Metabolic Reasons for Depression and Anxiety
Posted Feb 09, 2021
Living through a pandemic means heightened anxiety and depression for many. It is crucial that we learn better coping mechanisms to disarm negative feelings during a period of isolation and beyond. Here are four common metabolic reasons for depression and anxiety:
1. Food Allergies
Chief among them are unrecognized food allergies, especially to wheat and dairy. These are often what we call “cerebral allergies” because they affect brain chemistry and typically do not show up on the regular allergy tests, including food tests. There are special tests to detect cerebral allergies that can be done by alternative healthcare practitioners.
You can also sometimes determine if you have a cerebral allergy by keeping a food diary of everything you eat and noting which foods seem to make you feel down or anxious after consuming them. Your response to some foods may take three days to manifest in symptoms, so something you ate on Tuesday will not show up in how you feel until Friday. Once you determine some possible food suspects, avoiding those foods for a 3-week period and watching for changes will often provide insights into your food allergies.
2. Environmental Toxins
Environmental mold and intestinal fungal infections can also lead to severe depression, sometimes with suicidal manifestations. These causes are often missed by doctors. They can be detected by special tests for fungus, mold and other intestinal pathogens by an alternative healthcare practitioner. There are local government agencies and private companies that can detect and locate mold in your house or where you work, and even identify the fungi or molds. The best treatment to eradicate mold in your home or work space is a 3% hydrogen peroxide solution sprayed on the affected areas and repeated in a few days, plus fixing the leak or other problem that created conditions for the mold to grow.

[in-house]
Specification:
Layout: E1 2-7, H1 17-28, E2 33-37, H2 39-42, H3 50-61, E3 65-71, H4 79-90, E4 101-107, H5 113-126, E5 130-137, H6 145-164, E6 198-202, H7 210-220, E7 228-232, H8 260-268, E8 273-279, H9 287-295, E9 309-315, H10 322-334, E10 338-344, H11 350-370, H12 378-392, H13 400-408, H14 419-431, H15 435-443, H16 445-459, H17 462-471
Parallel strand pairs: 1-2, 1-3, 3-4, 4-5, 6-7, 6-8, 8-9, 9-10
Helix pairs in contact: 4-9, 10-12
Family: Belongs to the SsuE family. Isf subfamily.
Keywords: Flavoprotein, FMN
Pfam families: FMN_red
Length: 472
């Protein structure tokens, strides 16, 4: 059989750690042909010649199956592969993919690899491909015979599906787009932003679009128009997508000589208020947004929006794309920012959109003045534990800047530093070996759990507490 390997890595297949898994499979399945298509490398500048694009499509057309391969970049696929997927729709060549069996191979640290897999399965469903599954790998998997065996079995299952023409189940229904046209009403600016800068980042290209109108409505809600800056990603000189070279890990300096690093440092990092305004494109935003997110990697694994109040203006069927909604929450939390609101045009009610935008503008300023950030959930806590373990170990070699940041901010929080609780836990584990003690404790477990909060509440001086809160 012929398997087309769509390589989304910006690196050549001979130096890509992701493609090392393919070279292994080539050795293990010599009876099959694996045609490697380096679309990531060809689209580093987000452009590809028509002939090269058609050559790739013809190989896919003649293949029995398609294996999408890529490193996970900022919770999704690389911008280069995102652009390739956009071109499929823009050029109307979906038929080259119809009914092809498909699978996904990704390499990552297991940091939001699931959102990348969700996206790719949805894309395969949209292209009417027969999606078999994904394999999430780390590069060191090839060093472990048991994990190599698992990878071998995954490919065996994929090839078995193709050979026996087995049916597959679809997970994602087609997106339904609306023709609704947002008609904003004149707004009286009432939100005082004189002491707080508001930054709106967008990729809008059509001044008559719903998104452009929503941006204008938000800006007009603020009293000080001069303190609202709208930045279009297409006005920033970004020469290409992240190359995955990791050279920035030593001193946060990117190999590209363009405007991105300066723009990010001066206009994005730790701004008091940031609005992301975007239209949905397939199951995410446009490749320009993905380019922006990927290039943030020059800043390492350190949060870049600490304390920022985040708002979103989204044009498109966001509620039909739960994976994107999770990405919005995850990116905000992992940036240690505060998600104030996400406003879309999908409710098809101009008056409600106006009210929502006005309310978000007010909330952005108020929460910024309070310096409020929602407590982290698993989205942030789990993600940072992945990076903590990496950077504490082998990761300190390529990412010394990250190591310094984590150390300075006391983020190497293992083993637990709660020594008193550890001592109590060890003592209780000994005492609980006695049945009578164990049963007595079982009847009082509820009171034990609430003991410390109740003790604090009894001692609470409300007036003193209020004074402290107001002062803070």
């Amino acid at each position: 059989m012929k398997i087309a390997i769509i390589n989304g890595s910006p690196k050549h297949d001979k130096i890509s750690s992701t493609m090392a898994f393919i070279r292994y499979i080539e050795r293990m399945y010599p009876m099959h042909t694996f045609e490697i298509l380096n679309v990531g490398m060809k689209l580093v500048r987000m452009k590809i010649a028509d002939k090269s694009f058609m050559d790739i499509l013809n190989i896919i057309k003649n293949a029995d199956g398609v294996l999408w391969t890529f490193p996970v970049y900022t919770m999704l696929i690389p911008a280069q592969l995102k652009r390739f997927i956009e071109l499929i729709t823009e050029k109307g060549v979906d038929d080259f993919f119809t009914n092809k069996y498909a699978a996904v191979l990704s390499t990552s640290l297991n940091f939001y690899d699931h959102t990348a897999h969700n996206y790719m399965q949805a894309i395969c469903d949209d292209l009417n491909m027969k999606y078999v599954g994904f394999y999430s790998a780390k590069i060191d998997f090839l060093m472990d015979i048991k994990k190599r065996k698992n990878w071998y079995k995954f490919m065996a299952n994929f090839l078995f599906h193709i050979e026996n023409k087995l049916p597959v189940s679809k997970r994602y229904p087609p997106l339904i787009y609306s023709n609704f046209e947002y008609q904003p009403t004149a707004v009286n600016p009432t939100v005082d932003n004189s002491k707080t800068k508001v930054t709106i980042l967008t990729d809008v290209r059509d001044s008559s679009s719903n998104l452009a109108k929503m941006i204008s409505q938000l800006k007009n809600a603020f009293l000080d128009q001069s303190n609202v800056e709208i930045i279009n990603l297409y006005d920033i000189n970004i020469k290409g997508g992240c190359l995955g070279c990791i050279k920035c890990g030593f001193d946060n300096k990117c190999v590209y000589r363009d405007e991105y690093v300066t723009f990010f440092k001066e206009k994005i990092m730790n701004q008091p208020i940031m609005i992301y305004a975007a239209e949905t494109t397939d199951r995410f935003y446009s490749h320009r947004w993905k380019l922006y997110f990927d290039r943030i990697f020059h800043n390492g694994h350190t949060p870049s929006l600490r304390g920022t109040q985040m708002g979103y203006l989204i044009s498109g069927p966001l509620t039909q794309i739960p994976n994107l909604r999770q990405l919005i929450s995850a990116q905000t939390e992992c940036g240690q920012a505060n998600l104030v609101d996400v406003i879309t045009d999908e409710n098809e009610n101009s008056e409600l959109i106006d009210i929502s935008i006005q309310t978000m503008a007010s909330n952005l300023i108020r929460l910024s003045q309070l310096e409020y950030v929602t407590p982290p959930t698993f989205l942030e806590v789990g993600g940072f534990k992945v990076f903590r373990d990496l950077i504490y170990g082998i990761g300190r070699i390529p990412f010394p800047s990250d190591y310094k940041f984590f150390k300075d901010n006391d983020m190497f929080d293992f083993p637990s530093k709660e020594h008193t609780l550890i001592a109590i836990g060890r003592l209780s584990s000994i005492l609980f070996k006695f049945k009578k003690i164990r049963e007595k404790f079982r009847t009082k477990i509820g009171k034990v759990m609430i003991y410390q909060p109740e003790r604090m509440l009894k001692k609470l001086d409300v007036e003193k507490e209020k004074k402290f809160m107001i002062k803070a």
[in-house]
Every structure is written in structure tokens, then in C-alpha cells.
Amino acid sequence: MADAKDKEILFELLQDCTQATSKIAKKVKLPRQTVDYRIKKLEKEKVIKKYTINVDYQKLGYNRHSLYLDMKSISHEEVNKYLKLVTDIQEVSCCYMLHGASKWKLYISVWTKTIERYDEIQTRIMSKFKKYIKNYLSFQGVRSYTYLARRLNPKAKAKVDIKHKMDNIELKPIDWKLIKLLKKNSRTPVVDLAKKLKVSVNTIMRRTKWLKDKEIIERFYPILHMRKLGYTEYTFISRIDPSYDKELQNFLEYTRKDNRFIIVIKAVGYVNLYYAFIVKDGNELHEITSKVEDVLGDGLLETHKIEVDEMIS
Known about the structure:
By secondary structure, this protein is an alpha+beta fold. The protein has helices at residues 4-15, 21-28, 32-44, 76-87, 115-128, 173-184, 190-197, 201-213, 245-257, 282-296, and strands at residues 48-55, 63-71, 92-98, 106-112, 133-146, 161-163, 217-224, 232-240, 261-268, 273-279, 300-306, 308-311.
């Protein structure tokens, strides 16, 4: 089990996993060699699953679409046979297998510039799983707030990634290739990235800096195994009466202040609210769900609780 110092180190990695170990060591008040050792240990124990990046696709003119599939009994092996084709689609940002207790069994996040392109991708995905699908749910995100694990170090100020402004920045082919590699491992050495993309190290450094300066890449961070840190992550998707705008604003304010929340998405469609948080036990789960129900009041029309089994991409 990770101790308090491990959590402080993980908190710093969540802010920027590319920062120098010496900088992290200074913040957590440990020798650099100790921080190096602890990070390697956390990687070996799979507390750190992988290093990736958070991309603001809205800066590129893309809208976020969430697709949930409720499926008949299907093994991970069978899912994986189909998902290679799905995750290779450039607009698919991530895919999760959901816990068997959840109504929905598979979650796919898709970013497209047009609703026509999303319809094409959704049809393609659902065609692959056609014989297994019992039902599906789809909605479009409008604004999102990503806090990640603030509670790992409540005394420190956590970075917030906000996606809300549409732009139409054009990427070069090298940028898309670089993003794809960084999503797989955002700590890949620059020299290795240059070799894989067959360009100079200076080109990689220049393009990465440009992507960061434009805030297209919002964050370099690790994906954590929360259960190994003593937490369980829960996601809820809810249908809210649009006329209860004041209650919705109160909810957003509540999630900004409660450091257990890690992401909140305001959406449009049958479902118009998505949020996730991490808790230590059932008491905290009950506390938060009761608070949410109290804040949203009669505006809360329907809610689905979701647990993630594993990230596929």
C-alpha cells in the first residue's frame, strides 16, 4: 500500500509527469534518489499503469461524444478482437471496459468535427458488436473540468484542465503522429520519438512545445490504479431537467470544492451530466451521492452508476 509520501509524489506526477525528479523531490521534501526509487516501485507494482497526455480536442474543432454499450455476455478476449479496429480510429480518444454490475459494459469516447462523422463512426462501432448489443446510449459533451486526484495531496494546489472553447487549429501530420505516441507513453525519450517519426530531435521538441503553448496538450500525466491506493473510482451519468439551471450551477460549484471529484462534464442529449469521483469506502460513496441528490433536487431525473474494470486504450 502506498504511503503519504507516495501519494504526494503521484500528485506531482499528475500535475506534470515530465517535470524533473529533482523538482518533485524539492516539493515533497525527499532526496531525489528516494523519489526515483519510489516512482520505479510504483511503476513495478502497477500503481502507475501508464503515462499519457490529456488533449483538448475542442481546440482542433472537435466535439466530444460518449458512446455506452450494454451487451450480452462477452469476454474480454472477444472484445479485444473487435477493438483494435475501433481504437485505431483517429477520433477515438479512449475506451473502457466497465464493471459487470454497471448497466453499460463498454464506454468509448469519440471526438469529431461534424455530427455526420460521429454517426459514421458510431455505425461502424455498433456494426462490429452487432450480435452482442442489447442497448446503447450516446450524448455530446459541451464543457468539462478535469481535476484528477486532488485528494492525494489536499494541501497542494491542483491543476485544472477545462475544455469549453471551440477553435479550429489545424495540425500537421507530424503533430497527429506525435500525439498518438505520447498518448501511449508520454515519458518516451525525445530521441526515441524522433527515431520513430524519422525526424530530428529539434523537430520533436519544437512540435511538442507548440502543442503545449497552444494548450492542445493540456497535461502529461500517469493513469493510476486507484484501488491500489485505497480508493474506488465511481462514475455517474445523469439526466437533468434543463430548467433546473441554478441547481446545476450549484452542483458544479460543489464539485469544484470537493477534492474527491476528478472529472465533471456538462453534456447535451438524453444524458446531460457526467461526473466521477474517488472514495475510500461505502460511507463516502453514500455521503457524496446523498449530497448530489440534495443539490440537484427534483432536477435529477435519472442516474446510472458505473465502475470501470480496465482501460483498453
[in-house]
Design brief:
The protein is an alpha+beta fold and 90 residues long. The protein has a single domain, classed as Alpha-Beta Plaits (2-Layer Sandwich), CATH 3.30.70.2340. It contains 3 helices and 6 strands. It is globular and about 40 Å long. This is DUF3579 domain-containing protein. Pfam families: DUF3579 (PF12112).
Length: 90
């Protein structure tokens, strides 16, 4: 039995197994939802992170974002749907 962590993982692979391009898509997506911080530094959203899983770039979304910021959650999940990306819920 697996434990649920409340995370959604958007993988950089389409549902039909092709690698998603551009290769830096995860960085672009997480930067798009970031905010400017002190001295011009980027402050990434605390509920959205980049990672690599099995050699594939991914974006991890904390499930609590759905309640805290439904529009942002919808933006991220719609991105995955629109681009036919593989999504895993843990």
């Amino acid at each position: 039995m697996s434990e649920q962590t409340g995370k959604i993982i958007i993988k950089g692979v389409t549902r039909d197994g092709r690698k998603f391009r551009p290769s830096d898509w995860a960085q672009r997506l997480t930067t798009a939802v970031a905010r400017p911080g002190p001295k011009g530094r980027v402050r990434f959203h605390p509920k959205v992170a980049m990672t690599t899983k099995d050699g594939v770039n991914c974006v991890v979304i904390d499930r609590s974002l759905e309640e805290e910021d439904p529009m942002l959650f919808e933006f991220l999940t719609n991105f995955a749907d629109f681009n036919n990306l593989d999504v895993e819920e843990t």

3. Adrenal Function
High or low adrenal output can cause anxiety and/or depression. S-adenosylmethionine (SAMe), gamma amino butyric acid (GABA), and magnolia bark (Magnolia officinalis) are nutrients that can address a chronically overstressed system.
4. Thyroid Function
High or low thyroid function can cause anxiety and/or depression. A good general indicator for low thyroid is your basal body temperature. To determine your basal body temperature, take your temperature upon waking in the morning before you move. An inexpensive “basal” thermometer is available from most pharmacies (chemists). Track your basal body temperature for a month if you are menstruating or for a week if not. If the majority of scores are below 97.8ºF (36.55ºC), you should have your thyroid function tested done.
The most valuable thyroid tests I have found are the blood tests Free T4 (FT4), Free T3 (FT3), Thyroid Stimulating Hormone (TSH) and Thyroid Peroxidase Antibody (TPO) tests, taken as a group. It is best to consult an alternative physician for proper interpretation of these tests. Many cases of low thyroid are from a chronic iodine deficiency.
Another common reason for low thyroid is eating foods with bromine in them, which makes iodine unavailable. Bromine is found in soft drinks, pesticides, plastics, bakery goods such as bread and rolls, some medications, and bromine-based hot tubs and swimming pools. David Brownstein’s book on hypothyroidism, Overcoming Thyroid Disorders, is very helpful.
Therapies for Anxiety and Depression
The best overall therapy I’ve seen for both anxiety and depression is exercise. Both anxiety and depression are immobilizing but when you are in motion, you are at least doing something. And just moving along with deep breathing helps bring your hormones, neurotransmitters and blood sugar into balance, offering at least temporary relief from the stranglehold of the anxiety and depression.
If you are trying to tackle depression or anxiety that is interfering with your life or is disabling, it is best not to try to do it on your own. You need outside support. Have someone you trust to confer with, to help you make good decisions and to be there when you need a helping hand. Asking yourself, “What am I anxious about? What am I depressed about?” can help give insight into where your insecurities and sources of depression might lie. Many times I have found that both the anxiety and depression are related to some sort of fear, so the question to ask is then, “What am I afraid of?” Facing and working through your major fears are often the keys that unlock the barriers to happiness and can be life changing.